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Both of the smaller sides follow suit. Only this time, the text is smaller but carries the message again as you take a knife to the security sticker found sealing both ends of the box.

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On the second longer panel, we did find a couple of additional icons. The first states that the MK750 is Windows 10 compatible, while the second icon shows that you will need either Window 7, Windows 8.1, or Windows 10 as the required OS.

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On the back, we see the MK750 with the wrist rest now attached, which blocks the RGB Lightbar feature. Speaking of features, there are six of them pointed out on either side of the keyboard image, and also a small window with the hassle-free software shown.

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Inside of the box, we found the MK750 inside of a black cloth sleeve, which can be used for traveling and storage to keep the keyboard clean. The wrist rest is wrapped in clear plastic and placed at the back of the box, while the literature, bits, and cable are found under them.

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The leather wrist rest is well padded, has the front corners knocked off it for a bit of style, and also has the Cooler Master logo set into the leather in the center. The detachable cable is bound with a Velcro strap, the entire 1.8 meters of it is sleeved, and both the USB 2.o and USB Type-C ends of it are both gold plated.

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To help to spice things up visually, Cooler Master has sent a set of nine purple keycaps. These cover the WASD and arrow keys as well as the Escape key, and note Cooler Master has sent a wire keycap puller to ensure no damage occurs during the removal process.

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If you have never used a keyboard before, this manual will get you up and running. Everything from connectivity, the driver download locations, functionality, and tips on software use are all enclosed inside. It may not answer every question on how to use the features, but it is done well enough to get you on your path to mastering what it is capable of doing.

Cooler Master Masterkeys MK750 Mechanical Gaming Keyboard

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The left edge of the MK750 gives us much to discuss. The sides of the frame are made of plastic, and with a body line close to the middle of it, the plastic above and below is angled, leaving the clear plastic insert the proudest point. That slit can be illuminated with RGB LEDs, and so will all of the clear bodies of the exposed switches we see standing on top of it.

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The seventy-four keys on the left two-thirds of the keyboard all use an easy to read font on top of cylindrical keycaps. If we look closely, the F-keys all serve double duty, and the numbers can be used for profile selection. We can also see the textured matte finish of the gunmetal black exposed aluminum top panel.

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Holding Function and pressing F1 allows users to quickly pick through nine colors and modes of the RGB LEDs. F2 will set red as the color and can be set to one of nine levels of intensity. Using F3 and F4 are similar, just that they are used to select green or blue at various levels of intensity.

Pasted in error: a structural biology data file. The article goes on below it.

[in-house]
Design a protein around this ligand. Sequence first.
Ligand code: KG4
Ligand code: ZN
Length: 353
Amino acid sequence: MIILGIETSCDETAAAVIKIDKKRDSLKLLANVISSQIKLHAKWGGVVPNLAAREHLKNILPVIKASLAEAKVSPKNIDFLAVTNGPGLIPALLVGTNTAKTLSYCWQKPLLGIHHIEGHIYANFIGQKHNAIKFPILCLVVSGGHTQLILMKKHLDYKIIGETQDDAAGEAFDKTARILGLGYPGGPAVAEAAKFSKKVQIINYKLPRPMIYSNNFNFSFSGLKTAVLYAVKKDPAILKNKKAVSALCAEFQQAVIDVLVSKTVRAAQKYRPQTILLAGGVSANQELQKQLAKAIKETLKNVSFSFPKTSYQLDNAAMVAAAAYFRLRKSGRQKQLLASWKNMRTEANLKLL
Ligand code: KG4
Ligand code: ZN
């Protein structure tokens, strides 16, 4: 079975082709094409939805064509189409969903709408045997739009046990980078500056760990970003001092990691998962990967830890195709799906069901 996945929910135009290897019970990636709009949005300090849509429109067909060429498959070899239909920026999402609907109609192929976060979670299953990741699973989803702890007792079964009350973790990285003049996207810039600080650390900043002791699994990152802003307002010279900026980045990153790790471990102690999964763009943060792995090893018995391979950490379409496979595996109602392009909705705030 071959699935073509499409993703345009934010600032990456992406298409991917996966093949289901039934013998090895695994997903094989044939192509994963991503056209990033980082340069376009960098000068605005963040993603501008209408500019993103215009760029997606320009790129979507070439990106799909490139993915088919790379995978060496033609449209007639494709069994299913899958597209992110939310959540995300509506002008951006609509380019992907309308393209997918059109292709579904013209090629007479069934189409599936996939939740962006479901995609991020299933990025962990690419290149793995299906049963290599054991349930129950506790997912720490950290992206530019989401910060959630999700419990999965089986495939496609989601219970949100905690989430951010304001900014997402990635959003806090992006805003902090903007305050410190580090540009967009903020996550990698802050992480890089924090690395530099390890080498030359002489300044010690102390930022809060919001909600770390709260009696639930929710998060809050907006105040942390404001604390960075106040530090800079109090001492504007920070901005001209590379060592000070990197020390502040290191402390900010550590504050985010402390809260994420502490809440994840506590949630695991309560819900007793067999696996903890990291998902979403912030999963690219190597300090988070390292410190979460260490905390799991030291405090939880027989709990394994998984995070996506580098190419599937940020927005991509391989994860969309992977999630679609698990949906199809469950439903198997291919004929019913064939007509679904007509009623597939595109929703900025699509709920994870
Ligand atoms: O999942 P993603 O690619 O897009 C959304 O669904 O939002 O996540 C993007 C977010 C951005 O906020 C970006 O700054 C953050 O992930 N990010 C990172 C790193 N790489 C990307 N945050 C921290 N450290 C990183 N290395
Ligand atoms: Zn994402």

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F5 can be used to cycle through LED lighting modes when it comes to programming. F6 will change the foreground effect, and F7will allow you to choose a background effect. F8 stands alone, and it used to put the RGB LEDs into Demo Mode.

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F9 is used as a Windows lock or can be used as a full keyboard lock. Pressing F10 starts the LED programming mode for use with F2 through F7. F11 is for programming Macros on-the-fly, and if you make a mistake, F12 will delete the Macro.

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While programming anything to a profile seems like software is required initially to accomplish it, using the Function key and numbers one through four does allow you to swap profiles with just two clicks, rather than having to open the software every time you change game titles.

Masterkeys MK750 Continued

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The thirty keys to the right end of the MK750 have all of the standard offerings, but there is more than initially meets the eye. At the top, we can see keys which work with the Macros, as to how many times they are to be repeated, and the dedicated multimedia keys to the right only show their icons when illuminated. There are volume buttons on the page up and page down keys, and even ways to adjust the RGB LED modes in speed and direction with the arrow keys.

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The right edge of the MK750 is a mirror image of what we saw at the left. There is another slim slit where the RGB light will show through the side of the plastic frame, and we see more exposed switches. Speaking of which, when the feet are extended, the angle of attack on the keys are all leaning towards the user, and in combination with the wrist rest, is a very comfortable way to use this mechanical keyboard.

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The bulk of the underside of the keyboard is flat, except the chunk missing near the back, and the long wire management trail which connects to it. Four rubber pads keep the keyboard in place currently, and you can also find a product sticker with the serial number near the front edge of the keyboard.